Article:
Ahead of the opening kickoff for the 2015 college football season
, the National Labor Relations Board has punted. The Board dismissed
a petition related to efforts to unionize the Northwestern University football team. The dismissal, though, ducked the most contested aspect of the matter: whether scholarship students playing on the Northwestern University football team are statutory employees within the meaning of Section 2(3) of the National Labor Relations Act.
As previously detailed by The Bullard Edge
and Bullard Alert
, the College Athletes Players Association, a group affiliated with the United Steelworker Union, filed a representation petition with the Region 13 Director in Chicago. CAPA was attempting to become the elected bargaining representative for scholarship students playing on the Northwestern University football team. That effort bogged down on the most fundamental question: whether these students were or were not employees.
The Regional Director controversially concluded that scholarship students were in fact football employees and ordered an immediate election on CAPA’s representation bid. Northwestern University appealed. Although an election did take place, the ballots were kept secret pending resolution of the appeal.
The Board’s decision today will keep those ballots forever sealed. Rather than wade into the maelstrom that would follow a conclusion that scholarship students were football employees under Section 2(3) of the NLRA, the “Board exercised its discretion not to assert jurisdiction and dismissed the representation petition filed by the union.”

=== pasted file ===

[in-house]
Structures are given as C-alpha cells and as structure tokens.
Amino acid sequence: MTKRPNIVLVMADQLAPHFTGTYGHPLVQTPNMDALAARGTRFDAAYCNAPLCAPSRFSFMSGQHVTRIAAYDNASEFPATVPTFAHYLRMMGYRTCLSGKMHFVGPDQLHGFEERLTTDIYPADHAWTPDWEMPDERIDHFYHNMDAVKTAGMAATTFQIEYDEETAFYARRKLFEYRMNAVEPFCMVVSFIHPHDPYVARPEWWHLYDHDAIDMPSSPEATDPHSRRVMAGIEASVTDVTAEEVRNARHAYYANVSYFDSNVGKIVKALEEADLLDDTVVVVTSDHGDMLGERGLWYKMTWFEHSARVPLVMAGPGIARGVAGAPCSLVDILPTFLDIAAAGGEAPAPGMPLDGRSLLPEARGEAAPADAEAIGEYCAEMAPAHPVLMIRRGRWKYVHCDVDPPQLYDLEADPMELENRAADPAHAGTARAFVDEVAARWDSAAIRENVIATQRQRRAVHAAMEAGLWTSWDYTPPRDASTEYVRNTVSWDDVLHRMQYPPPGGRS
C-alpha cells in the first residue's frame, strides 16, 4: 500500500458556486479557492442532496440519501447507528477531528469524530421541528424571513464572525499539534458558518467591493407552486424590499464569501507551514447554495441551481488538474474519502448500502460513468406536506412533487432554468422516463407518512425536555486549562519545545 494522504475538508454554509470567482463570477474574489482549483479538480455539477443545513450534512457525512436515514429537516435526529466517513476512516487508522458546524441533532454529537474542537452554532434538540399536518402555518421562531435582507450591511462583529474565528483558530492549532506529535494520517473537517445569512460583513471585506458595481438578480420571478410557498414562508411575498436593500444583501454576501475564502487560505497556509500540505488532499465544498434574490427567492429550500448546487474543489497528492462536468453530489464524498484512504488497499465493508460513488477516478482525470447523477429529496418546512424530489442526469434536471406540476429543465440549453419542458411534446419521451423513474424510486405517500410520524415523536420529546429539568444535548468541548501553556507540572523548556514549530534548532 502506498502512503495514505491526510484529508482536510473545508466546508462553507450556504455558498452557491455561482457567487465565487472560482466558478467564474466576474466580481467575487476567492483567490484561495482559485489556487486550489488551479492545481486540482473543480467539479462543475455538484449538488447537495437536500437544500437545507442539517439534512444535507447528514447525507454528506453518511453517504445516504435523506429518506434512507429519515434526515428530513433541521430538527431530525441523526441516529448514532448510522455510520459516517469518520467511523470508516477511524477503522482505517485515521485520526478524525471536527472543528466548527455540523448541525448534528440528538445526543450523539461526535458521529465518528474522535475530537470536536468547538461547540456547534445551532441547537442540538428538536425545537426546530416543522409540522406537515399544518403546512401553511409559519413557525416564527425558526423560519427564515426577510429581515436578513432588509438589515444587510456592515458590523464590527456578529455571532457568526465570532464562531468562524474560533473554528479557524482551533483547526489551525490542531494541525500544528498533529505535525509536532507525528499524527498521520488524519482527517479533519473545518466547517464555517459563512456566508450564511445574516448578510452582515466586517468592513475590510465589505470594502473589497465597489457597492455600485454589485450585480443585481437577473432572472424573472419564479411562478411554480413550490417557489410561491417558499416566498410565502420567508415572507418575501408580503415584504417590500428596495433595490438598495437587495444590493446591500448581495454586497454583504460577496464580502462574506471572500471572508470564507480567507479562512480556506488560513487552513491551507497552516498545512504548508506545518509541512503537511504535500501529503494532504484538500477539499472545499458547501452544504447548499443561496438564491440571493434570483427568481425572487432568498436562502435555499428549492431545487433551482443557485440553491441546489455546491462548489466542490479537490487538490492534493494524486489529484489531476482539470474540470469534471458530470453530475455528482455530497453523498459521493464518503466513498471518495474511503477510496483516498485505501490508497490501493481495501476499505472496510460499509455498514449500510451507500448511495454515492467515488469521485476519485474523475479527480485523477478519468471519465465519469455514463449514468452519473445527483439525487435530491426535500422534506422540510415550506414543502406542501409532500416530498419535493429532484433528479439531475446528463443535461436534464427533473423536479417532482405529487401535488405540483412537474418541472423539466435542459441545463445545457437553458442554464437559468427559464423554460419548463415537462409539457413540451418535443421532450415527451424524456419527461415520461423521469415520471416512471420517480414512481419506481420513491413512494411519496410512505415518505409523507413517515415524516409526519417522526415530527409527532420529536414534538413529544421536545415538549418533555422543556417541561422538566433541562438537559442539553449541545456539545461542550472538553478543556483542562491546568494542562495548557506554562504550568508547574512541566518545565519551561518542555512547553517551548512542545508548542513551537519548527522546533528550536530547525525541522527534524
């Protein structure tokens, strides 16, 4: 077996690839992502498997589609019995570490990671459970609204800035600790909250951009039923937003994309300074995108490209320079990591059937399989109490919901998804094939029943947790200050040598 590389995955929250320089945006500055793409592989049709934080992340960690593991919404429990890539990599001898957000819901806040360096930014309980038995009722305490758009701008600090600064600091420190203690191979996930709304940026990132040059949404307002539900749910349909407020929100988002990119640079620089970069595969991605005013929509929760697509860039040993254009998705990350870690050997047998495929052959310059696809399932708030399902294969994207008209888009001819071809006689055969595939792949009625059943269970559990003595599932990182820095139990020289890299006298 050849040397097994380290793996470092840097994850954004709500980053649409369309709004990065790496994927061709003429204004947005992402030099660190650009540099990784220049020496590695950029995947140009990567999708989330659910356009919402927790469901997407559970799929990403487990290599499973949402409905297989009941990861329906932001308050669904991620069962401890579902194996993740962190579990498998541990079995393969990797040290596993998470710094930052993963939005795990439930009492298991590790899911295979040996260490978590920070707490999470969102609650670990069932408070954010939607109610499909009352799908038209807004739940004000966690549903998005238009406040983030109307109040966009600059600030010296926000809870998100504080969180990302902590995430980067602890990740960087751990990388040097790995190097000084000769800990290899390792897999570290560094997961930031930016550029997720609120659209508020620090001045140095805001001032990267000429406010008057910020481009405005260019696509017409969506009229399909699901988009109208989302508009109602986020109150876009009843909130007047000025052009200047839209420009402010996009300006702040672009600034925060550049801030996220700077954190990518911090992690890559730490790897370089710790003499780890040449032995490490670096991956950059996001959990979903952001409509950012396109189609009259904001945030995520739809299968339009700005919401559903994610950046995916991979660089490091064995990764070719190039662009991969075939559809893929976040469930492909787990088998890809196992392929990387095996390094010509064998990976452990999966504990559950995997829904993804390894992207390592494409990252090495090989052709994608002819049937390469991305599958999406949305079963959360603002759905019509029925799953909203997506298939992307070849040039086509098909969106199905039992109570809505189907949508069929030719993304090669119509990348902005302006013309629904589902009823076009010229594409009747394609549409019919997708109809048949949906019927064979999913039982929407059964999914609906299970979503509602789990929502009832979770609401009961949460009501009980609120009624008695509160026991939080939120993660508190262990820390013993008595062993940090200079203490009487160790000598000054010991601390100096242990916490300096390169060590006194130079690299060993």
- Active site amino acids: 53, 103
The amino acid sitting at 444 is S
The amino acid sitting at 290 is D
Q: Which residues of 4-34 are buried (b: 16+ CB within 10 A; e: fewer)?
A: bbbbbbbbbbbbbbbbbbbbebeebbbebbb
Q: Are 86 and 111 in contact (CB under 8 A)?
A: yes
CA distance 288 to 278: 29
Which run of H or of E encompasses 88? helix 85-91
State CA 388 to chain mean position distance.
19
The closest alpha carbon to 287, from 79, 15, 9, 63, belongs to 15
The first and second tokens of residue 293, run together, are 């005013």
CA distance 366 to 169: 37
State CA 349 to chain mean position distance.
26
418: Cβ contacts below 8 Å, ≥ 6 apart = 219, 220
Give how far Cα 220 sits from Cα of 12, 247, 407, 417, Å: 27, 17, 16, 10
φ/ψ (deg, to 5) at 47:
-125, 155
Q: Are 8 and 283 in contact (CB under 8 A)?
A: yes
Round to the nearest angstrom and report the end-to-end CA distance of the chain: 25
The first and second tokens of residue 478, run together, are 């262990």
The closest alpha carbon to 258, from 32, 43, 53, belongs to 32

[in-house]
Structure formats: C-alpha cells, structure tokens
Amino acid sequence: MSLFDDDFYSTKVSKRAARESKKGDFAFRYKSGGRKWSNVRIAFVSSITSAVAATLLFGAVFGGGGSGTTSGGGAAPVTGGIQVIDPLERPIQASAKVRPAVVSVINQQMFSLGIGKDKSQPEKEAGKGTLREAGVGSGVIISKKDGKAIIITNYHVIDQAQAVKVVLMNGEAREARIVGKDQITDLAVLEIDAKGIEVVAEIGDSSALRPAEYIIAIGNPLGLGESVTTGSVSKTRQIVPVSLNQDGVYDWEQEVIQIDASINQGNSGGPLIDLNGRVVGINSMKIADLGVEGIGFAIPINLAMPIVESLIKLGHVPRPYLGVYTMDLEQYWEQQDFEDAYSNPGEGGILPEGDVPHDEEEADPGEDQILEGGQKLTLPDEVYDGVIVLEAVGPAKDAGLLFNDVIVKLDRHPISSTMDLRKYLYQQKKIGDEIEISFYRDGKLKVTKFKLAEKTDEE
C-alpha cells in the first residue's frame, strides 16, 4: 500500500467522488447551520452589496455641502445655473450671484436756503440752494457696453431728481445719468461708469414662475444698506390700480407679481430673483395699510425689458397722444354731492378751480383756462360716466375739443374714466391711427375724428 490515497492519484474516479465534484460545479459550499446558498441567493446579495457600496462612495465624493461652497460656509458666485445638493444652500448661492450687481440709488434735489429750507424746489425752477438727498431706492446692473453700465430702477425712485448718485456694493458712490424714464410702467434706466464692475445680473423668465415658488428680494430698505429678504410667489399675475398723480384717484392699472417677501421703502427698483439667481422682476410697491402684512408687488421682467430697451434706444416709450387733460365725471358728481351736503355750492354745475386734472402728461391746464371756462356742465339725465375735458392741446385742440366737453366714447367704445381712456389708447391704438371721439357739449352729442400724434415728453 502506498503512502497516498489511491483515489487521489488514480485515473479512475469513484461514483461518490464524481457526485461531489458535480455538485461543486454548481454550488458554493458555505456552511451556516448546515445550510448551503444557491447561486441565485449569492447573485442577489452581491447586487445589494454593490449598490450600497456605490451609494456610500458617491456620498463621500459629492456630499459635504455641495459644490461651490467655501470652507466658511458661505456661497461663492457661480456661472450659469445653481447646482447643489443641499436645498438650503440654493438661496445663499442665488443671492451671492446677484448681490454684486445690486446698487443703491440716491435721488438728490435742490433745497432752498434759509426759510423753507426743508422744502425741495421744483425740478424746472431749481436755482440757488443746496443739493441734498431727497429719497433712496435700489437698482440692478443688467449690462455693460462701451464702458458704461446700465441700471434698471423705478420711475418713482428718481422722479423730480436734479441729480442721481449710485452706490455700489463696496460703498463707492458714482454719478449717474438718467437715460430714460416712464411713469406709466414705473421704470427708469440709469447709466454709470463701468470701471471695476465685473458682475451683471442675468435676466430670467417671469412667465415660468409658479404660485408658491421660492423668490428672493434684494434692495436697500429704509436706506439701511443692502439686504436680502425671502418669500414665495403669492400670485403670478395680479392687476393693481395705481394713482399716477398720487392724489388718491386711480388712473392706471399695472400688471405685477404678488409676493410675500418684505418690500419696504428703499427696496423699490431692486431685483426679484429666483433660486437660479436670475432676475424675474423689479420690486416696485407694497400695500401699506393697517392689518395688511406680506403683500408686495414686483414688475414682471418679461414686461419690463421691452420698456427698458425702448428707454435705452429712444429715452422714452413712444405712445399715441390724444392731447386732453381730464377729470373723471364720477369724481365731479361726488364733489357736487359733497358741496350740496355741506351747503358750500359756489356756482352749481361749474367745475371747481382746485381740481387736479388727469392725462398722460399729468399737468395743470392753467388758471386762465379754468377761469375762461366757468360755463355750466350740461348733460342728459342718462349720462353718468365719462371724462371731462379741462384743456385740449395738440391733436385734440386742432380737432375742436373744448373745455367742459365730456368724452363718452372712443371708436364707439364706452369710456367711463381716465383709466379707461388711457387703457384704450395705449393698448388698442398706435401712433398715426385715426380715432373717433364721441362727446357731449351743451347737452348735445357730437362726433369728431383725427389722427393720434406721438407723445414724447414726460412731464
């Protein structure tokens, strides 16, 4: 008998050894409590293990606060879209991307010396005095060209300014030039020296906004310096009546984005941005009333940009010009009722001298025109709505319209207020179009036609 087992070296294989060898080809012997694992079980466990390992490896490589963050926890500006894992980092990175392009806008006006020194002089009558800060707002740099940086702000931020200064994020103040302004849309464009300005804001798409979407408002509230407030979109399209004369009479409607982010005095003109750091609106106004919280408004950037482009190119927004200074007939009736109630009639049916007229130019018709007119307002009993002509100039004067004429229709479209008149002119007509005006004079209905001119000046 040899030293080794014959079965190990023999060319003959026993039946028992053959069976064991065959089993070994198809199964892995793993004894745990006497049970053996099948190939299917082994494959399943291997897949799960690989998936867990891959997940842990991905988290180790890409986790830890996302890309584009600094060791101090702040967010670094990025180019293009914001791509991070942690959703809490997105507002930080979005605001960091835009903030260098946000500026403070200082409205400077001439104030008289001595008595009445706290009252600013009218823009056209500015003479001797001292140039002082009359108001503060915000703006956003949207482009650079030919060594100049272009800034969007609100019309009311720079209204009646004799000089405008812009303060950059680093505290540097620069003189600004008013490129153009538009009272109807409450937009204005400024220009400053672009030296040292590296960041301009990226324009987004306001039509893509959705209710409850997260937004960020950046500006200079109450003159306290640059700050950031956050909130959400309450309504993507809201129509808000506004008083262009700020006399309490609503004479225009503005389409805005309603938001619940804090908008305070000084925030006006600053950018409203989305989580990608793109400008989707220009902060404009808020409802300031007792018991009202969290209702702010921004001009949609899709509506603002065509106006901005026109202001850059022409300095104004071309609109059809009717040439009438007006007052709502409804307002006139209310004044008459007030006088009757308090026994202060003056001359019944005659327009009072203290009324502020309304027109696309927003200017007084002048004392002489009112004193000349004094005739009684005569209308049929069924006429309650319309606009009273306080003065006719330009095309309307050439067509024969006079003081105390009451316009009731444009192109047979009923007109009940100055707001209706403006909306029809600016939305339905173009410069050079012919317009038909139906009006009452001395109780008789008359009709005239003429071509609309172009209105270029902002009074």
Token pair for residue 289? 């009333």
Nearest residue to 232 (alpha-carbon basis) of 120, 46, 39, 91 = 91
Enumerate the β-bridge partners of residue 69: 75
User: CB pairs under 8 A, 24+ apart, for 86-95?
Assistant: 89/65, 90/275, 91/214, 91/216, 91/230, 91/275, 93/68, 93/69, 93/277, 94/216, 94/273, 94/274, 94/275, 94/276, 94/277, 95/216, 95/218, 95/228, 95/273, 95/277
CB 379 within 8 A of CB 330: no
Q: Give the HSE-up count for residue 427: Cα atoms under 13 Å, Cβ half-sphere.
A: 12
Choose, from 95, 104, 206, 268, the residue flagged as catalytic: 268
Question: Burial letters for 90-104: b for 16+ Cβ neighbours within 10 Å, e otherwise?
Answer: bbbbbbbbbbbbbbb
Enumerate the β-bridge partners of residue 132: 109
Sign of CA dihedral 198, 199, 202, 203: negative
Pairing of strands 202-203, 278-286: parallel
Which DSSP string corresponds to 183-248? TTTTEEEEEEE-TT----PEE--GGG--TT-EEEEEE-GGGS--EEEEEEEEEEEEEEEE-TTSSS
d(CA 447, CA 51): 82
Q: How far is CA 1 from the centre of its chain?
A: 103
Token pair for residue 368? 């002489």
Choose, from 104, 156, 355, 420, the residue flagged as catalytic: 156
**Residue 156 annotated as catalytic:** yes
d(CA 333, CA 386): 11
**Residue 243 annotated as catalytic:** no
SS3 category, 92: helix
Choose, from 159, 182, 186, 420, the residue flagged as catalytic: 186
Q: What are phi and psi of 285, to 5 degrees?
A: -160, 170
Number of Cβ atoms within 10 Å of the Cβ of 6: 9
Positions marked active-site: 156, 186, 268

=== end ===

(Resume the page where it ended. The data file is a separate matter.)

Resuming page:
In a press release
earlier today the Board explained itself as follows.
“In the decision, the Board held that asserting jurisdiction would not promote labor stability due to the nature and structure of NCAA Division I Football Bowl Subdivision (FBS). By statute the Board does not have jurisdiction over state-run colleges and universities, which constitute 108 of the roughly 125 FBS teams. In addition, every school in the Big Ten, except Northwestern, is a state-run institution. As the NCAA and conference maintain substantial control over individual teams, the Board held that asserting jurisdiction over a single team would not promote stability in labor relations across the league.”
With this scholarship-student-as-employee issue knocked out of bounds (for now), there is hope that educational institutions will be freer to address some of the real issues in intercollegiate athletics that need to be addressed. Two that come instantly to mind are: (1) concussions and other injuries; and (2) the school-to-school mobility of scholarship students (particularly as compared to their coaches). Hopefully, with this, these types of issues will now get more attention.
The Bullard Edge